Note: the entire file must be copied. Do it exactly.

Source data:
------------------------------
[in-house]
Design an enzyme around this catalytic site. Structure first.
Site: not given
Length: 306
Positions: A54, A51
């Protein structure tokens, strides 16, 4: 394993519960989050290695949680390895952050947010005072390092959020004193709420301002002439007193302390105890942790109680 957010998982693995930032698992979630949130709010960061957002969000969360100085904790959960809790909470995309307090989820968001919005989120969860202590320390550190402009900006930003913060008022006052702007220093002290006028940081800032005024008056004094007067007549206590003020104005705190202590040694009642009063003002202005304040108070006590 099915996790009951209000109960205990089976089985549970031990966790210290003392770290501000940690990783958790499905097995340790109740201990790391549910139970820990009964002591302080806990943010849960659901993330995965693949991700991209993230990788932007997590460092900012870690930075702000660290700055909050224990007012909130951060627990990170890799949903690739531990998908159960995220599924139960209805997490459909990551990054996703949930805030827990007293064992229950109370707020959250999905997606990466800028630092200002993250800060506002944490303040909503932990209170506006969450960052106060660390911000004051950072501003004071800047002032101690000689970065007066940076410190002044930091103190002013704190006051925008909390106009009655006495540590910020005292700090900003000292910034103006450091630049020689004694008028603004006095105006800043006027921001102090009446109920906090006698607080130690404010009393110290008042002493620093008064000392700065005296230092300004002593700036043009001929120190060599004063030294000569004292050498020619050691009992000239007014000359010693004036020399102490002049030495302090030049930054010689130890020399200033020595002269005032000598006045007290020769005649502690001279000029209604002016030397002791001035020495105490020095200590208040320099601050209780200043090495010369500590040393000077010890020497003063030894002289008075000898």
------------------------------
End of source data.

[in-house]
Design an enzyme around this catalytic site. Structure first.
Site: not given
Length: 306
Positions: A54, A51
């Protein structure tokens, strides 16, 4: 394993519960989050290695949680390895952050947010005072390092959020004193709420301002002439007193302390105890942790109680 957010998982693995930032698992979630949130709010960061957002969000969360100085904790959960809790909470995309307090989820968001919005989120969860202590320390550190402009900006930003913060008022006052702007220093002290006028940081800032005024008056004094007067007549206590003020104005705190202590040694009642009063003002202005304040108070006590 099915996790009951209000109960205990089976089985549970031990966790210290003392770290501000940690990783958790499905097995340790109740201990790391549910139970820990009964002591302080806990943010849960659901993330995965693949991700991209993230990788932007997590460092900012870690930075702000660290700055909050224990007012909130951060627990990170890799949903690739531990998908159960995220599924139960209805997490459909990551990054996703949930805030827990007293064992229950109370707020959250999905997606990466800028630092200002993250800060506002944490303040909503932990209170506006969450960052106060660390911000004051950072501003004071800047002032101690000689970065007066940076410190002044930091103190002013704190006051925008909390106009009655006495540590910020005292700090900003000292910034103006450091630049020689004694008028603004006095105006800043006027921001102090009446109920906090006698607080130690404010009393110290008042002493620093008064000392700065005296230092300004002593700036043009001929120190060599004063030294000569004292050498020619050691009992000239007014000359010693004036020399102490002049030495302090030049930054010689130890020399200033020595002269005032000598006045007290020769005649502690001279000029209604002016030397002791001035020495105490020095200590208040320099601050209780200043090495010369500590040393000077010890020497003063030894002289008075000898």